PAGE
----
International Journal of Legal Medicine

, Volume 129, Issue 4, pp 693–700 | Cite as

Assessing product adulteration in natural health products for laxative yielding plants, Cassia, Senna, and Chamaecrista, in Southern India using DNA barcoding

  • Gopalakrishnan Saroja Seethapathy
  • Doss Ganesh
  • Jayanthinagar Urumarudappa Santhosh Kumar
  • Umapathy Senthilkumar
  • Steven G Newmaster
  • Subramanyam Ragupathy
  • Ramanan Uma Shaanker
  • Gudasalamani Ravikanth
Original Article


Medicinal plants such as Cassia, Senna, and Chamaecrista (belonging to the family Fabaceae) are well known for their laxative properties. They are extensively used within indigenous health care systems in India and several other countries. India exports over 5000 metric tonnes per year of these specific herbal products, and the demand for natural health product market is growing at approximately 10–15 % annually. The raw plant material used as active ingredients is almost exclusively sourced from wild populations. Consequently, it is widely suspected that the commercial herbal products claiming to contain these species may be adulterated or contaminated. In this study, we have attempted to assess product authentication and the extent of adulteration in the herbal trade of these species using DNA barcoding. Our method includes four common DNA barcode regions: ITS, matK, rbcL, and psbA-trnH. Analysis of market samples revealed considerable adulteration of herbal products: 50 % in the case of Senna auriculata, 37 % in Senna tora, and 8 % in Senna alexandrina. All herbal products containing Cassia fistula were authentic, while the species under the genus Chamaecrista were not in trade. Our results confirm the suspicion that there is rampant herbal product adulteration in Indian markets. DNA barcodes such as that demonstrated in this study could be effectively used as a regulatory tool to control the adulteration of herbal products and contribute to restoring quality assurance and consumer confidence in natural health products.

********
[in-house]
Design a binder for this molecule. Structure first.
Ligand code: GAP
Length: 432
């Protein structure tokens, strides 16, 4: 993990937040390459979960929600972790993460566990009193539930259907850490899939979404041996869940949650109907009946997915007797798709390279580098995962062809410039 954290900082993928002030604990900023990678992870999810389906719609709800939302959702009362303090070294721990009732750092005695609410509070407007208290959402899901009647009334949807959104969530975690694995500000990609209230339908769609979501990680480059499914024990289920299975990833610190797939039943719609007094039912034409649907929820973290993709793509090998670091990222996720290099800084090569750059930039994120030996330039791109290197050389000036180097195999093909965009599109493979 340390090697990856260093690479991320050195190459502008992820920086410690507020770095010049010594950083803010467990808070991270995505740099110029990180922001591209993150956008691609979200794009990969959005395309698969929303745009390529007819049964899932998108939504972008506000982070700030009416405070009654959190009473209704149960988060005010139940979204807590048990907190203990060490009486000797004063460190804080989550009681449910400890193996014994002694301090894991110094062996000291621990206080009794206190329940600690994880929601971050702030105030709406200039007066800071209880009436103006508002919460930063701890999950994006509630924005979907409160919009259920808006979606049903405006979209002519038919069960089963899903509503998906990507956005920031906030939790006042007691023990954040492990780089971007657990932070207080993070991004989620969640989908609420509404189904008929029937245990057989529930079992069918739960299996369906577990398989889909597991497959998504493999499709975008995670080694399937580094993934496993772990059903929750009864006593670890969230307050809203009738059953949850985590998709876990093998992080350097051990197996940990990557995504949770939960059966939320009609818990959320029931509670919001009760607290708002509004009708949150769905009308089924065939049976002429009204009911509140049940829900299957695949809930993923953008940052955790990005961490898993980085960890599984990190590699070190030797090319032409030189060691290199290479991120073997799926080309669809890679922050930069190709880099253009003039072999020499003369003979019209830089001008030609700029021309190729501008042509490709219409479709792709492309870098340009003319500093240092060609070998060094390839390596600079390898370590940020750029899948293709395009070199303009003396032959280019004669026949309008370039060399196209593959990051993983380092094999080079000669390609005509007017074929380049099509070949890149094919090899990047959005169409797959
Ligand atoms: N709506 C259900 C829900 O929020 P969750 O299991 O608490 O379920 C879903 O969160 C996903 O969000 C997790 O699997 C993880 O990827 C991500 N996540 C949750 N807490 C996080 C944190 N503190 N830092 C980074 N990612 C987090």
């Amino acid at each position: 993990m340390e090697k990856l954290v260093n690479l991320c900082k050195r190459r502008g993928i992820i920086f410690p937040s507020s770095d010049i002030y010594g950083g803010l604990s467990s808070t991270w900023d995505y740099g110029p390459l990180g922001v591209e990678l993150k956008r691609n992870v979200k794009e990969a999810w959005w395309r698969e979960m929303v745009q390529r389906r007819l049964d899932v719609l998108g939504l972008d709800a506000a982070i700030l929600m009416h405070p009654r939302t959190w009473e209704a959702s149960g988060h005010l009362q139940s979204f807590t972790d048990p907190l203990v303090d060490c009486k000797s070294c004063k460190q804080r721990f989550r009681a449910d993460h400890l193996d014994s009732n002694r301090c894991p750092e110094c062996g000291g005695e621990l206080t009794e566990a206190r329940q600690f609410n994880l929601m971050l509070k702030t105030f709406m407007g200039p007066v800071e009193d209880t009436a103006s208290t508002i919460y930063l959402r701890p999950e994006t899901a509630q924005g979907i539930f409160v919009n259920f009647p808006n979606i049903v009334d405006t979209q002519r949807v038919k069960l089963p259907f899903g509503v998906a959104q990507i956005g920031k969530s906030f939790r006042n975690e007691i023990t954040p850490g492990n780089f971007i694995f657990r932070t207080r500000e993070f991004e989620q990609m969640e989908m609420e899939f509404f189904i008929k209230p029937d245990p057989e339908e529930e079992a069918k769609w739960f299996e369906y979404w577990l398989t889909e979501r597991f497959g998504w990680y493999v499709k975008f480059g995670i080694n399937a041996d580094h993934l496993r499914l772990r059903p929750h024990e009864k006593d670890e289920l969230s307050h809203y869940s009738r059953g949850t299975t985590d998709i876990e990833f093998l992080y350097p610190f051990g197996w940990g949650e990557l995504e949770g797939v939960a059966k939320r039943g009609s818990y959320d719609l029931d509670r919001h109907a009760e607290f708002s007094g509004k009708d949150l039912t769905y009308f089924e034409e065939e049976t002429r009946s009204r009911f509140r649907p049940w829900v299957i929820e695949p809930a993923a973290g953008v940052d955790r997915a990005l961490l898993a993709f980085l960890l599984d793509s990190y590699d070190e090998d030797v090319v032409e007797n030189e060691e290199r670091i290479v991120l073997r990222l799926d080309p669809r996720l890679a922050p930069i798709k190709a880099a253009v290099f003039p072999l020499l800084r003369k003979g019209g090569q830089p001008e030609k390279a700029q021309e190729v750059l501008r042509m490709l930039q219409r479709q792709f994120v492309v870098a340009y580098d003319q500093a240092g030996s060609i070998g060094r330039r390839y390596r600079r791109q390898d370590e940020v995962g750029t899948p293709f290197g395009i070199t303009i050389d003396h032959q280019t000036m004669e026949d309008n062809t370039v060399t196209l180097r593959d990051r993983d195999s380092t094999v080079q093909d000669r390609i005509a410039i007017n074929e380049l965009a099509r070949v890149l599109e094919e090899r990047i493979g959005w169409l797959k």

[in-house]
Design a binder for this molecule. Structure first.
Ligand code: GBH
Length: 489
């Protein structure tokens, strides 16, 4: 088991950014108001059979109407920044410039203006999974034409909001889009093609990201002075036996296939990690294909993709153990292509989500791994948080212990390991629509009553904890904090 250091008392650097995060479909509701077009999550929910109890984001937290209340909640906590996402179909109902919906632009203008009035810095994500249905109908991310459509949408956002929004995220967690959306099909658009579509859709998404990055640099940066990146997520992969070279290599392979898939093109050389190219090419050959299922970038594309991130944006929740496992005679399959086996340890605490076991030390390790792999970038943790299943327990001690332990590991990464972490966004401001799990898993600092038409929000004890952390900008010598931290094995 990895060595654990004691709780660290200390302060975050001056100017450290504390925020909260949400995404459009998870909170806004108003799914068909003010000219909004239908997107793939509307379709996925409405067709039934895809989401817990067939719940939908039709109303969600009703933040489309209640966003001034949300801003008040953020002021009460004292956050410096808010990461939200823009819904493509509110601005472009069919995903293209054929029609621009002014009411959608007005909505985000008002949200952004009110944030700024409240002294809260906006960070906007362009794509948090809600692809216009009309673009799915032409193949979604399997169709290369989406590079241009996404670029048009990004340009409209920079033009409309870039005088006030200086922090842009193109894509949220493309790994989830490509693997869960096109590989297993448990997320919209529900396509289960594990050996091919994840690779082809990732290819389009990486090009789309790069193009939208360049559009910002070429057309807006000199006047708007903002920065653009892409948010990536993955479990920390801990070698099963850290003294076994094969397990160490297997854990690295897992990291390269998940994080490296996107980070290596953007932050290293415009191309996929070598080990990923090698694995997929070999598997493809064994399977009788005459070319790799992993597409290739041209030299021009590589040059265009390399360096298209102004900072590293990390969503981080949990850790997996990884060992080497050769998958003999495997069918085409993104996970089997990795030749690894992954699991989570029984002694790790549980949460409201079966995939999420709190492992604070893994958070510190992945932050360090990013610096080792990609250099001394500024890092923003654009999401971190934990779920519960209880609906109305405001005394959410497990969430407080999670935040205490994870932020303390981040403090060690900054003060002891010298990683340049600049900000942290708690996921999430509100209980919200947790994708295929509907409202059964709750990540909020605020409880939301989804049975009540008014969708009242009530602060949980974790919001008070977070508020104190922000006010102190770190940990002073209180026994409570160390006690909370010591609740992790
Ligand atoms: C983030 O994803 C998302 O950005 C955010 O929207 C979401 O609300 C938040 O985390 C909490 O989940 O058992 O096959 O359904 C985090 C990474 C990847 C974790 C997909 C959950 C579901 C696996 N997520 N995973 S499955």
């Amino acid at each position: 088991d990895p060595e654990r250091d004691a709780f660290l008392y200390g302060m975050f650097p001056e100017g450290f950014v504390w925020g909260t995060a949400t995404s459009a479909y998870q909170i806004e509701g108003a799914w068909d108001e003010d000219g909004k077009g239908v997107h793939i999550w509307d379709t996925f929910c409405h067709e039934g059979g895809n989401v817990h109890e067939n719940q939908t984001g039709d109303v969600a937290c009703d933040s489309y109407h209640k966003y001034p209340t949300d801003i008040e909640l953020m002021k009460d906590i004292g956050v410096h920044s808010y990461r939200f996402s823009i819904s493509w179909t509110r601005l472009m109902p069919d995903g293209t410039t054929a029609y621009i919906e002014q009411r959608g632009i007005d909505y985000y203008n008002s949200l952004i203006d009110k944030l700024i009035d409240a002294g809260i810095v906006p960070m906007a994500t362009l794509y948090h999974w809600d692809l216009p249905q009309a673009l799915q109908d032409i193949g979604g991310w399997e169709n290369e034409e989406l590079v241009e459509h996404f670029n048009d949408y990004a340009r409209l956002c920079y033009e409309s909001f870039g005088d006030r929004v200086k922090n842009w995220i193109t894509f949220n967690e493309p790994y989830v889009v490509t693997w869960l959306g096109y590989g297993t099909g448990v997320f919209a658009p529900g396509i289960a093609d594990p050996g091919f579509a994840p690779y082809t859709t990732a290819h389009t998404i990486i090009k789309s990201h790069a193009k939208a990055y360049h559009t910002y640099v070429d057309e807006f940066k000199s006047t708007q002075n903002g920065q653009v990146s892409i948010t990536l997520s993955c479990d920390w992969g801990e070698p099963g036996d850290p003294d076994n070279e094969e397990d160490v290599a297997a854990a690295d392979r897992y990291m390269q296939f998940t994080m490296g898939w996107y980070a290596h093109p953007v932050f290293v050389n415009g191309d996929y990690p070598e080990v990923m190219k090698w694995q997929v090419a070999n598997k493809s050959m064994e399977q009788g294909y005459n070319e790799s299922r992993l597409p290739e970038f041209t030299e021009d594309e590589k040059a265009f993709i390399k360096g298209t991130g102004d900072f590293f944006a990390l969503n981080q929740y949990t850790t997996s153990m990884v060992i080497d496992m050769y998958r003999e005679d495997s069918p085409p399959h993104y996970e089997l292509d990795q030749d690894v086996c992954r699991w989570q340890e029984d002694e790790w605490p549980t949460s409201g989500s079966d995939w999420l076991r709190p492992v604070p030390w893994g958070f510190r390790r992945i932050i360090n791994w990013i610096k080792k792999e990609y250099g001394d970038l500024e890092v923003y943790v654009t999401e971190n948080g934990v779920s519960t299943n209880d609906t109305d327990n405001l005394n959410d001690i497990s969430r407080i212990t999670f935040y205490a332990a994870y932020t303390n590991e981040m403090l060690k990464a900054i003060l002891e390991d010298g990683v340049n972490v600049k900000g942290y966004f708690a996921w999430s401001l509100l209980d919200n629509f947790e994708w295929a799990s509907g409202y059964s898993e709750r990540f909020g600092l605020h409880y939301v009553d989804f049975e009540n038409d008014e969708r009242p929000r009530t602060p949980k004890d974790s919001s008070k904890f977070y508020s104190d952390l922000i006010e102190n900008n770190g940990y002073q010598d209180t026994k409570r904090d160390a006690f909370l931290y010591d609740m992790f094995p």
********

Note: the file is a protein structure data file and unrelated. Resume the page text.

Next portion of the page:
Herbal drugs DNA traceability Species admixtures Human health Quality control 



This work was supported by Department of Biotechnology, Government of India (Grant number: No.BT/IN/ ISTP-EOI/2011). We acknowledge the help received in taxonomic identification and collection of samples from Dr. Usha V, Jain University and Dr. R. Ganesan (ATREE).

Conflict of interest

The authors declare that they have no competing interests.

Supplementary material

414_2014_1120_MOESM1_ESM.docx (19 kb)
Supplementary Table 1 List of species used in the study along with their voucher number, collection sites and Genbank Accession numbers (DOCX 18 kb)
414_2014_1120_MOESM2_ESM.docx (16 kb)
Supplementary Table 2 Details of herbal NHP samples collected from different parts of south India used in the analysis (DOCX 15 kb)
414_2014_1120_MOESM3_ESM.docx (14 kb)
Supplementary Table 3 Details of the barcode primers used in the study (DOCX 14 kb)
414_2014_1120_MOESM4_ESM.docx (16 kb)
Supplementary Table 4 Reported anthraquinone derivatives of herbal plants studied (DOCX 15.9 kb)


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Copyright information

© Springer-Verlag Berlin Heidelberg 2014

Authors and Affiliations

  • Gopalakrishnan Saroja Seethapathy
    • 1
    • 2
  • Doss Ganesh
    • 2
  • Jayanthinagar Urumarudappa Santhosh Kumar
    • 3
    • 4
  • Umapathy Senthilkumar
    • 1
  • Steven G Newmaster
    • 5
  • Subramanyam Ragupathy
    • 5
  • Ramanan Uma Shaanker
    • 1
    • 3
    • 4
  • Gudasalamani Ravikanth
    • 1
  1. 1.Ashoka Trust for Research in Ecology and the Environment (ATREE)BangaloreIndia
  2. 2.Department of Plant Biotechnology, School of BiotechnologyMadurai Kamaraj UniversityMaduraiIndia
  3. 3.School of Ecology and ConservationUniversity of Agricultural Sciences, GKVKBangaloreIndia
  4. 4.Department of Crop PhysiologyUniversity of Agricultural Sciences, Gandhi Krishi Vigyan KendraBangaloreIndia
  5. 5.Centre for Biodiversity Genomics (CBG), College of Biological Sciences, Department of Integrative BiologyUniversity of GuelphGuelphCanada

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